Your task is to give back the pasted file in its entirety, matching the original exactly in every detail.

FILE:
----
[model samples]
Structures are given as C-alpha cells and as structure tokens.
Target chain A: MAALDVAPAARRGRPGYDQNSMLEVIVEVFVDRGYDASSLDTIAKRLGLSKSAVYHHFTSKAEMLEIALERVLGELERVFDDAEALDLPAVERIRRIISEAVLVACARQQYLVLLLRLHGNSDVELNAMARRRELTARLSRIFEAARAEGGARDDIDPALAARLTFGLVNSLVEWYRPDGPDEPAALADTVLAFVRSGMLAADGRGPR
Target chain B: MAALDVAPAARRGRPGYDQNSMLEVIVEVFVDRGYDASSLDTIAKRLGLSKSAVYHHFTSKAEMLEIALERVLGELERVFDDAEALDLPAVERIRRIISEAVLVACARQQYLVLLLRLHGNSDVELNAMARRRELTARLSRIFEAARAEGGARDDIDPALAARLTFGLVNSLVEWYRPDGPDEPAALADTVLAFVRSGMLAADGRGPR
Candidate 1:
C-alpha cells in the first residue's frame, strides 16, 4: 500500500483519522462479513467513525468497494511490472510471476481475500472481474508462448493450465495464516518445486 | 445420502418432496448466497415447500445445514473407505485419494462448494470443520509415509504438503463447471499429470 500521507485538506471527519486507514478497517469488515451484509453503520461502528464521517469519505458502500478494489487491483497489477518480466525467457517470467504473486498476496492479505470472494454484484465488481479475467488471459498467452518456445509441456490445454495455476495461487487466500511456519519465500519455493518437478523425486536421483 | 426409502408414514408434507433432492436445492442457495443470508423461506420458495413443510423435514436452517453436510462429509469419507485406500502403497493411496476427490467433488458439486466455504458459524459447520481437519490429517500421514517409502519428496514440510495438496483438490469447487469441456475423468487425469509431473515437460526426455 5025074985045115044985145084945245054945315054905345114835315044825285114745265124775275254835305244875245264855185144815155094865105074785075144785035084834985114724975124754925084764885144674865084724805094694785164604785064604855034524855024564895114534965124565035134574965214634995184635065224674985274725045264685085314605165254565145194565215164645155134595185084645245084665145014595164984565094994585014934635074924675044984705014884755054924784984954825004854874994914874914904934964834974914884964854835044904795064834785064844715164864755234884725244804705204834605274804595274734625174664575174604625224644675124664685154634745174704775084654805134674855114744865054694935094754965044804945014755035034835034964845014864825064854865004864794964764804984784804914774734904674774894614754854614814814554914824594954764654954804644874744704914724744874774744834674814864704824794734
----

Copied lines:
[model samples]
Structures are given as C-alpha cells and as structure tokens.
Target chain A: MAALDVAPAARRGRPGYDQNSMLEVIVEVFVDRGYDASSLDTIAKRLGLSKSAVYHHFTSKAEMLEIALERVLGELERVFDDAEALDLPAVERIRRIISEAVLVACARQQYLVLLLRLHGNSDVELNAMARRRELTARLSRIFEAARAEGGARDDIDPALAARLTFGLVNSLVEWYRPDGPDEPAALADTVLAFVRSGMLAADGRGPR
Target chain B: MAALDVAPAARRGRPGYDQNSMLEVIVEVFVDRGYDASSLDTIAKRLGLSKSAVYHHFTSKAEMLEIALERVLGELERVFDDAEALDLPAVERIRRIISEAVLVACARQQYLVLLLRLHGNSDVELNAMARRRELTARLSRIFEAARAEGGARDDIDPALAARLTFGLVNSLVEWYRPDGPDEPAALADTVLAFVRSGMLAADGRGPR
Candidate 1:
C-alpha cells in the first residue's frame, strides 16, 4: 500500500483519522462479513467513525468497494511490472510471476481475500472481474508462448493450465495464516518445486 | 445420502418432496448466497415447500445445514473407505485419494462448494470443520509415509504438503463447471499429470 500521507485538506471527519486507514478497517469488515451484509453503520461502528464521517469519505458502500478494489487491483497489477518480466525467457517470467504473486498476496492479505470472494454484484465488481479475467488471459498467452518456445509441456490445454495455476495461487487466500511456519519465500519455493518437478523425486536421483 | 426409502408414514408434507433432492436445492442457495443470508423461506420458495413443510423435514436452517453436510462429509469419507485406500502403497493411496476427490467433488458439486466455504458459524459447520481437519490429517500421514517409502519428496514440510495438496483438490469447487469441456475423468487425469509431473515437460526426455 5025074985045115044985145084945245054945315054905345114835315044825285114745265124775275254835305244875245264855185144815155094865105074785075144785035084834985114724975124754925084764885144674865084724805094694785164604785064604855034524855024564895114534965124565035134574965214634995184635065224674985274725045264685085314605165254565145194565215164645155134595185084645245084665145014595164984565094994585014934635074924675044984705014884755054924784984954825004854874994914874914904934964834974914884964854835044904795064834785064844715164864755234884725244804705204834605274804595274734625174664575174604625224644675124664685154634745174704775084654805134674855114744865054694935094754965044804945014755035034835034964845014864825064854865004864794964764804984784804914774734904674774894614754854614814814554914824594954764654954804644874744704914724744874774744834674814864704824794734